That cuts both ways. John Wybrant, a key account director for Arvato’s public service business, notes how its ongoing, ten-year contract with Chesterfield Borough Council – the relationship having scooped the NAO’s Public Sector Outsourcing Project of the Year award in 2011 – got off to a good start because “Chesterfield were very precise about what they were looking for and did a lot of internal planning before they even went to the market”.
“And it helped them that from the start they were dealing with the people who would deliver the services, not salespeople who would then pass them on to people they’d eventually work with,” Mr Wybrant adds.
Robert Wentink, client account executive for the IT company Unisys, agrees. Yes, it successfully increased the operating margins and reduced the costs of household products manufacturer Henkel by some 20 per cent. “But that only worked because we were not handled by them as a provider, but had a fully integrated arrangement,” he says. “In outsourcing, success is all about keeping it human – and the leadership on both sides to bring that out.”
This might also assist in another lesson of successful outsourcing – the need not just for communication, but clarity.
Denis Creighton, chief executive of managed business solutions and outsourcing for FEXCO, Ireland’s biggest privately-owned financial services organisation, argues that beyond the standard tender document, a pilot programme of maybe six months allows a supplier to prove it can bring added value, and to provide the reassurance “that it actually understands the buyer’s business and actually can listen to what it’s saying”.
Certainly the idea of added value is essential in understanding targets. “The incentive may simply be to do something cheaper than the buyer can do it themselves,” says Mr Creighton. “But increasingly there are more ways than financial of measuring the success of a partnership that both sides need to be agreed on. It may be positive movement in what a customer thinks of your company, for example, or an improvement in retention.
“It was a problem for the industry a decade ago when outsourcing was essentially much more price driven. And what happened? Customers walked.”
Clarity on goals works as much for the supplier as it does the buyer – again pointing to the notion that success stories are ones of building partnerships. “As a supplier you have to focus on what the buyer’s priorities as a business are – and this doesn’t happen a lot,” says Spencer Bradshaw, the head of technology at Olive Communications, a specialist in the provision of mobile phone benefits to organisations including Travelex and NASDAQ.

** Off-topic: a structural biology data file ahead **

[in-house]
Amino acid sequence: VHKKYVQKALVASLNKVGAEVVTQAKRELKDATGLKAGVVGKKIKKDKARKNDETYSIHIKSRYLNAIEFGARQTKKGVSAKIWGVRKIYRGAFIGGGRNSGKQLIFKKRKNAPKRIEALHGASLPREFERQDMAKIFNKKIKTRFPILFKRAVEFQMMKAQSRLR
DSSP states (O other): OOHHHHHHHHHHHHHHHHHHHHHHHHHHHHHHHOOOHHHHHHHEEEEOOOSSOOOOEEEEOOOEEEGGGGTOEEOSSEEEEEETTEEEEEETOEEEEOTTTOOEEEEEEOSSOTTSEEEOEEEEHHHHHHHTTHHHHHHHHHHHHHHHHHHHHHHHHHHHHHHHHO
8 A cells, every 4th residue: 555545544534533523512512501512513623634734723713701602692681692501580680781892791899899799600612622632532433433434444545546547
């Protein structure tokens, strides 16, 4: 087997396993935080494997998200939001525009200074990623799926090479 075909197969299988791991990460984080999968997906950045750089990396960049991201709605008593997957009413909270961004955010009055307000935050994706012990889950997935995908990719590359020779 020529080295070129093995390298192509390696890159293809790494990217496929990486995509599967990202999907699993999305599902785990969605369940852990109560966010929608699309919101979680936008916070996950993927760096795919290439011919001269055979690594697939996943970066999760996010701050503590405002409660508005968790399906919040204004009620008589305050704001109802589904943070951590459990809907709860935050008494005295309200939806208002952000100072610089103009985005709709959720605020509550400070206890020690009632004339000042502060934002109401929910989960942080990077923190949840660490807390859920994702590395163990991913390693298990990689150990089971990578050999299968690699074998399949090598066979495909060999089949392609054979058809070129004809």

“The fact is that a successful buyer-supplier outsourcing relationship starts with suppliers differentiating themselves beyond the box or the service they provide because it’s hard to find a product from a vendor that’s markedly different from that of competitors. And they differentiate themselves by not just paying lip service to understanding the company they are supplying.”
Indeed, as in any relationship, a lack of understanding can usher on its end or signal that it wasn’t right in the first place.
So perhaps one final lesson is key. And that is, as Ms Hallard notes: “Outsourcing isn’t right for everyone – it’s down to the culture of the respective organisations and the people there to manage them. Done well, outsourcing works for many. But it’s not a panacea.”
• Be transparent with staff to ensure a smooth transition – be collaborative
• Share the risk – provide incentives for both sides of the arrangement
• Ensure cultural alignment – buyers and vendors need to know they think alike
• Don’t be tied to restrictive contract arrangements
• Engagement should be face to face and at top-management level
• Performance indicators aren’t necessarily indicators of the great relationship you need
• Deal with problems honestly and head-on
• Be flexible – both sides of the arrangement need to be ready to adapt to change